Absent a provocation, the administration also needs more time before making decisions about military action. "It may be weeks before we have a preponderance of forces needed to deter aggression," Sen. Richard G. Lugar (R-Ind.) said. "The heavy tanks are just getting there. Most are bobbing out on the high seas somewhere. Time is on our side, in terms of getting ready." In the next few weeks, Bush also wants to line up enough commitments to ensure that the loss of oil from Iraq and Kuwait will be offset from other sources to avoid major market disruptions, Lugar said.

In the long term, Bush's chief objective now appears to be "containment" of Saddam's military might. According to officials, the invasion of Kuwait has already changed the outlook in the region and in the global community. "The real Saddam Hussein has been revealed to everybody and nobody is going to want to go back to the status quo ante," a senior U.S. official said. "One's ability to contain him looks very different."

Officials speculate that by containing Saddam from the outside, they can create changes inside Iraq over the long term. "In reality this is a regime built on two pillars -- abject ruthlessness and the ability to use power and force," the official said. "If one pillar has been eviscerated, it's likely to have some effect on the regime. The objective is to contain him so he can't use his coercive ability" in the region. But this official acknowledged: "It will take time. Who knows when, why and how?"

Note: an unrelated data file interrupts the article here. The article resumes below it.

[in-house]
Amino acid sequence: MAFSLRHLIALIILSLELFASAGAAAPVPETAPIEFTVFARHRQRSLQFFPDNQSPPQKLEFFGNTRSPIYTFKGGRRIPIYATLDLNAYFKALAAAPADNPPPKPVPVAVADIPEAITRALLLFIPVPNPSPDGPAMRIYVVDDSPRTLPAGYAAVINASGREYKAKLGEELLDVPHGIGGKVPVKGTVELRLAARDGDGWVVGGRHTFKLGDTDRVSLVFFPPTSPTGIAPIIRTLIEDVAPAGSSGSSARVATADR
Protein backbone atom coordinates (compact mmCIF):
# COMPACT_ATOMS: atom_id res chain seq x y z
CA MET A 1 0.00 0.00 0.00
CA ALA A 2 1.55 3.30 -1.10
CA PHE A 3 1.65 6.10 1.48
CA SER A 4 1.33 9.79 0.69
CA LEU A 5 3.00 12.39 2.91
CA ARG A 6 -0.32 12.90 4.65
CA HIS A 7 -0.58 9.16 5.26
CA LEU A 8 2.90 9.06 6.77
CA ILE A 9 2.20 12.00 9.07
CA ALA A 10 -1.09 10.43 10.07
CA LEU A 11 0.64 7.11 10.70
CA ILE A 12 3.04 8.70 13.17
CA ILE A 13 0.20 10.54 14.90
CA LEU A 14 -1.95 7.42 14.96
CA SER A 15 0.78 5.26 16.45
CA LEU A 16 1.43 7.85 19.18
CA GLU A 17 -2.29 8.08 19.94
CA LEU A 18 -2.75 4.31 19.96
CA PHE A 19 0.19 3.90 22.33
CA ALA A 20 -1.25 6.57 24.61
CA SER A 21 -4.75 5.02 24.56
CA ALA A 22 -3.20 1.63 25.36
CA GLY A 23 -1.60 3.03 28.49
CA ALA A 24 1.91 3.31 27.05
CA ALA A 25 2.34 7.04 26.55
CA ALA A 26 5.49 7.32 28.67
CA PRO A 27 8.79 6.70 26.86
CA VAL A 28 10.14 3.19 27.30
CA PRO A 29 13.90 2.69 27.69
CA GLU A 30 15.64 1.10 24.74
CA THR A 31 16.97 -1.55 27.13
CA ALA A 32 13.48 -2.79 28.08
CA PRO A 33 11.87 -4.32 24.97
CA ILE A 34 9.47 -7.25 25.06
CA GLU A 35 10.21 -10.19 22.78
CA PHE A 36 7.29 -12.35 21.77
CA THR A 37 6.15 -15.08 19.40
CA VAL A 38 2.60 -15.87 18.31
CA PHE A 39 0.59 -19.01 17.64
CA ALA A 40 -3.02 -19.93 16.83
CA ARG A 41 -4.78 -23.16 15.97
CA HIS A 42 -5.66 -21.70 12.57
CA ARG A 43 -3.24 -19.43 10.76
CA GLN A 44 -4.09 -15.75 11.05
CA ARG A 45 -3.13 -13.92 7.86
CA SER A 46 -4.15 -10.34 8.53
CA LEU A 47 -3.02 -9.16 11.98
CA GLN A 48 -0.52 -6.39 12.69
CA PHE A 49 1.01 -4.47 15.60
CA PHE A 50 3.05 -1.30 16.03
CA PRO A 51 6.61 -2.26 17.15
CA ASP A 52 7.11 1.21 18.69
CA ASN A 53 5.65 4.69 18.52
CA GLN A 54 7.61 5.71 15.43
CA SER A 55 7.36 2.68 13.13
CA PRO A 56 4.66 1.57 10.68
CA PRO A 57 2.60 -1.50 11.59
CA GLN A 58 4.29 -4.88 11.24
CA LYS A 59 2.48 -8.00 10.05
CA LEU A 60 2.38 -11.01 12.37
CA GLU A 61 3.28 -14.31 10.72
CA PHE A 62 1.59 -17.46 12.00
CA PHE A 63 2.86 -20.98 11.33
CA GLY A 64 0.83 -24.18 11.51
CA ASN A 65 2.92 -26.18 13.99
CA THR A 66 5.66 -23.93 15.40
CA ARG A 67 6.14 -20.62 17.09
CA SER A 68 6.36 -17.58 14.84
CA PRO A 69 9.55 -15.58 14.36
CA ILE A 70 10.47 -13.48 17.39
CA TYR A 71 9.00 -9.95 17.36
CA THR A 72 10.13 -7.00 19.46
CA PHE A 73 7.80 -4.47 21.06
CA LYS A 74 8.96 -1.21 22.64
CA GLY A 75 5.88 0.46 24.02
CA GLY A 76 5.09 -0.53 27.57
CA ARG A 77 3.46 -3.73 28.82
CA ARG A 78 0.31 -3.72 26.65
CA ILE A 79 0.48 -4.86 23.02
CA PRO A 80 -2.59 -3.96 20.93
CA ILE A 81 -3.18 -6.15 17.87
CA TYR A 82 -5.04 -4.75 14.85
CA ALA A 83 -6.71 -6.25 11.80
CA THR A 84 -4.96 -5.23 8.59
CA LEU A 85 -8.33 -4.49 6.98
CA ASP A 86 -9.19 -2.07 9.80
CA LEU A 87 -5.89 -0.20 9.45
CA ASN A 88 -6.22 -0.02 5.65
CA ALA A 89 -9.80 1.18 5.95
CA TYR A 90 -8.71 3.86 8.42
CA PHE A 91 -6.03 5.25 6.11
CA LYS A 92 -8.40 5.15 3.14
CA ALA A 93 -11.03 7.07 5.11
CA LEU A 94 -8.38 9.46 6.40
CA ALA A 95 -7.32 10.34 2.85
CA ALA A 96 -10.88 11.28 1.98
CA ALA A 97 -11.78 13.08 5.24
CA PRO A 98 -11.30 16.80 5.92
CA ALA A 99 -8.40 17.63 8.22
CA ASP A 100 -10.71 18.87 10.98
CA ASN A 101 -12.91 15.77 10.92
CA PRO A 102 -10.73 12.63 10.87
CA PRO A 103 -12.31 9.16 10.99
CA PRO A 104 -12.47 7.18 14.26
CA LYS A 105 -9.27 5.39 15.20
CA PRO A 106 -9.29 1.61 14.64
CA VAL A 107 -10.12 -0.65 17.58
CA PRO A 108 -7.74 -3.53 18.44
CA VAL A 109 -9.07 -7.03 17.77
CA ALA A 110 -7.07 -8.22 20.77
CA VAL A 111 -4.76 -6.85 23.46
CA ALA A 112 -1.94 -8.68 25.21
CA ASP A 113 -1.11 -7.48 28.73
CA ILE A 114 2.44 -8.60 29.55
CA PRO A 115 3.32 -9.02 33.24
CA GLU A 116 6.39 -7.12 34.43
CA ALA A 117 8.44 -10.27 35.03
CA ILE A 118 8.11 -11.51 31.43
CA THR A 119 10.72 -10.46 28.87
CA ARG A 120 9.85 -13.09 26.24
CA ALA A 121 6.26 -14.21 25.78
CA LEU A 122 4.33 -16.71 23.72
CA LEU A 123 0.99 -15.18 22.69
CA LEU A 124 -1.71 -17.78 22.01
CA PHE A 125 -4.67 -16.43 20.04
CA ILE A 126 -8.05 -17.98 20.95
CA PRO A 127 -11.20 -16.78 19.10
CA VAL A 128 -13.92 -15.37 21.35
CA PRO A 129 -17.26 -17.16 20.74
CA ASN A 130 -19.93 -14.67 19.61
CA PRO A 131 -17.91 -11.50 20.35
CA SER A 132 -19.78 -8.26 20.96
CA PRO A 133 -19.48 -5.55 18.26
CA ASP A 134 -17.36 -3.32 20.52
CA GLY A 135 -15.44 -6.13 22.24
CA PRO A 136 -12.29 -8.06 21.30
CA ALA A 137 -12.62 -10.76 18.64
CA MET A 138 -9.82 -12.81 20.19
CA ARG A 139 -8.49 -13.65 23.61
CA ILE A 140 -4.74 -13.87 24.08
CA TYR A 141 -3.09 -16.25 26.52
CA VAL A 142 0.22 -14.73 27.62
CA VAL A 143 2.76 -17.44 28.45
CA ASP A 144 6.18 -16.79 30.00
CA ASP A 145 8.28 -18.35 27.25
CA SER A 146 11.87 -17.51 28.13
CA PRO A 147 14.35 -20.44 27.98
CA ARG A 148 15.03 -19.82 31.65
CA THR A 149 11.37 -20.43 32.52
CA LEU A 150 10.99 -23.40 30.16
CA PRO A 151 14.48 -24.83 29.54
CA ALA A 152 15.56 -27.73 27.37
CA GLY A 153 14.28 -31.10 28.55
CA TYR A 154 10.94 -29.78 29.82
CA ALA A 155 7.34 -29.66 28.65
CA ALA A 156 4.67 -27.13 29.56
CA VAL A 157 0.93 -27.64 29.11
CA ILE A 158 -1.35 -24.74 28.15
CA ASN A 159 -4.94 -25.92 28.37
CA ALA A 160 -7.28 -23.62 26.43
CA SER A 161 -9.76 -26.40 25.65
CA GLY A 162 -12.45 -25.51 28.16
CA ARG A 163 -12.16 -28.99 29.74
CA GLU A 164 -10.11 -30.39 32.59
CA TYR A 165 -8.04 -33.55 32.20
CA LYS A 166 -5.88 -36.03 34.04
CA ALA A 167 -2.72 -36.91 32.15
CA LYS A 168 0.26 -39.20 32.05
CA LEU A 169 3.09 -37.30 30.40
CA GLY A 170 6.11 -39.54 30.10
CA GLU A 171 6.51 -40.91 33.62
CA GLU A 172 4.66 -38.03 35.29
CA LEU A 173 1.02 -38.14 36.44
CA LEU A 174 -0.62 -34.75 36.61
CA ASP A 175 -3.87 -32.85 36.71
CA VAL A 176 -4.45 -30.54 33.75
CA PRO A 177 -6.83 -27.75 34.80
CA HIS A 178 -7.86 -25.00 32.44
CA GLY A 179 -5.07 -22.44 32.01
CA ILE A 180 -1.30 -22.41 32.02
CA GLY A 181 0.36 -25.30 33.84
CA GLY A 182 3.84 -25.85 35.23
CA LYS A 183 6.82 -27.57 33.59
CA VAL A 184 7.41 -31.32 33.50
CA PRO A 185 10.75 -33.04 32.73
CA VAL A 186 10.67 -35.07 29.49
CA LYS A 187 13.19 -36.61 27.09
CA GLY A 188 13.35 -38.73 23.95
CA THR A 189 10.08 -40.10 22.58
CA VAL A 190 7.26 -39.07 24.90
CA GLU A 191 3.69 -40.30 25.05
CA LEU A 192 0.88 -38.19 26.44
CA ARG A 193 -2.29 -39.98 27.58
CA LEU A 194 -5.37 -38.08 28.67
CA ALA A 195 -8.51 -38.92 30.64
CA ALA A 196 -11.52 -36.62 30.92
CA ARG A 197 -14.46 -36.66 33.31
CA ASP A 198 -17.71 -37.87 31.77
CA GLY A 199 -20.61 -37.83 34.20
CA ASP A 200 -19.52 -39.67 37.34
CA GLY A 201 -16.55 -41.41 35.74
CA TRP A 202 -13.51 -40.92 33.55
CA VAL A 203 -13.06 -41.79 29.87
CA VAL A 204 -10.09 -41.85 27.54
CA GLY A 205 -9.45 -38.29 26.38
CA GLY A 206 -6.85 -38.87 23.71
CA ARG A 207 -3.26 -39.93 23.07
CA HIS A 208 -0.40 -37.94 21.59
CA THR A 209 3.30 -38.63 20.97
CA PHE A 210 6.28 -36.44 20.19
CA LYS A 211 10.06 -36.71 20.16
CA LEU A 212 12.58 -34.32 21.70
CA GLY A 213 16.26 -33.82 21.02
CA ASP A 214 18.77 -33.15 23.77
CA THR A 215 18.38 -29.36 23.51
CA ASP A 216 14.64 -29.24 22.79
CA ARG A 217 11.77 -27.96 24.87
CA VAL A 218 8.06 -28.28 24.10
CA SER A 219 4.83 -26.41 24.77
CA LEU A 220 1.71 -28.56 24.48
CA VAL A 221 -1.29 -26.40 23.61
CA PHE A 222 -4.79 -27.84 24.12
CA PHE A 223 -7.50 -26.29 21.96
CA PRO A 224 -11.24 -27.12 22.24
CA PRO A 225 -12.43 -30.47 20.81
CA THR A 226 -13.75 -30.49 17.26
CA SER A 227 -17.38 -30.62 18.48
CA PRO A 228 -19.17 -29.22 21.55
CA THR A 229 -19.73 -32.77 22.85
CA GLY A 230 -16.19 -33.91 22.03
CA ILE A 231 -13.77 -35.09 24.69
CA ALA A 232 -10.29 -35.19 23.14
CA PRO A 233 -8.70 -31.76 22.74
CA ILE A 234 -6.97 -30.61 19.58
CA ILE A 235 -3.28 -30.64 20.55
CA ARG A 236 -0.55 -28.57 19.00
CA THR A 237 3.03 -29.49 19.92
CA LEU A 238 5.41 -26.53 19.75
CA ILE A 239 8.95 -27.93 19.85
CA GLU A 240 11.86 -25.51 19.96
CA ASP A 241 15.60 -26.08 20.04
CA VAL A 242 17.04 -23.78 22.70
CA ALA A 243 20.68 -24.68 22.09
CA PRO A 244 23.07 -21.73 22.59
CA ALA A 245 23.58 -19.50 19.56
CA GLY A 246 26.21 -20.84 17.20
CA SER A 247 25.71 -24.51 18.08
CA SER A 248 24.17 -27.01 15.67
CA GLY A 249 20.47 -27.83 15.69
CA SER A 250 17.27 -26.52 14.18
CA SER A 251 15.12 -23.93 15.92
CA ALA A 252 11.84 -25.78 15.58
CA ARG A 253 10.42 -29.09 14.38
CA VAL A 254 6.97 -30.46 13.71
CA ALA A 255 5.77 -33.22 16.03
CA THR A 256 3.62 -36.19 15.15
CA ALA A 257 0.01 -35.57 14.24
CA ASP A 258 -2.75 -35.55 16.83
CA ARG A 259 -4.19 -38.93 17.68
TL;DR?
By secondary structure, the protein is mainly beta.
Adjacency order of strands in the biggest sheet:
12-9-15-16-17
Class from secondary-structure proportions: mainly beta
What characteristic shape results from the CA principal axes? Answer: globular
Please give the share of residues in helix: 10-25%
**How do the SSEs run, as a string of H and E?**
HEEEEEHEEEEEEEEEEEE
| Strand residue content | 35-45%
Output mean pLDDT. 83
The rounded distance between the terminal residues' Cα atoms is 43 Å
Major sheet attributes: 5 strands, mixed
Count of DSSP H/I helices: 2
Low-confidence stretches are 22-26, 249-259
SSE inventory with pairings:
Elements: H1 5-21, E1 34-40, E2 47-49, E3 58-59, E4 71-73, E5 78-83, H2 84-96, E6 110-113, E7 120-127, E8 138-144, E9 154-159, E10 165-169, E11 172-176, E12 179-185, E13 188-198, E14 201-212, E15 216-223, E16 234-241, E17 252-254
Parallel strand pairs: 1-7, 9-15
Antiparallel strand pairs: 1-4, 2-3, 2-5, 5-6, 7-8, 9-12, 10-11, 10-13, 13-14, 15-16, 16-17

Administration policy-makers were not explicit about how they could eventually demilitarize Iraq, short of all-out war, but one long-term objective now getting renewed attention is to remove Saddam's chemical weapons capability and deny him nuclear weapons he has been seeking.

Leonard S. Spector, author of a forthcoming book by the Carnegie Endowment, "Nuclear Ambitions," estimates that Iraq would not be in position to build nuclear weapons until the latter half of this decade, assuming it could continue to smuggle in materials around international safeguards. In the past, he said, Iraq's "incremental advance" in nuclear technology was "never enough to galvanize" the world's attention. "I think that's changed now," he added, suggesting that any final outcome in the confrontation will have to include new restrictions on nuclear and chemical facilities inside Iraq as well as a more general demilitarization. "I think people can now crystallize the distinction between non-nuclear Iraq and nuclear Iraq. We can all visualize what it would have meant if he had the bomb now."

On a larger scale, Spector said, "You can't have a situation that returns us to the day before the invasion of Kuwait, because that means you are one day away from another invasion of Kuwait."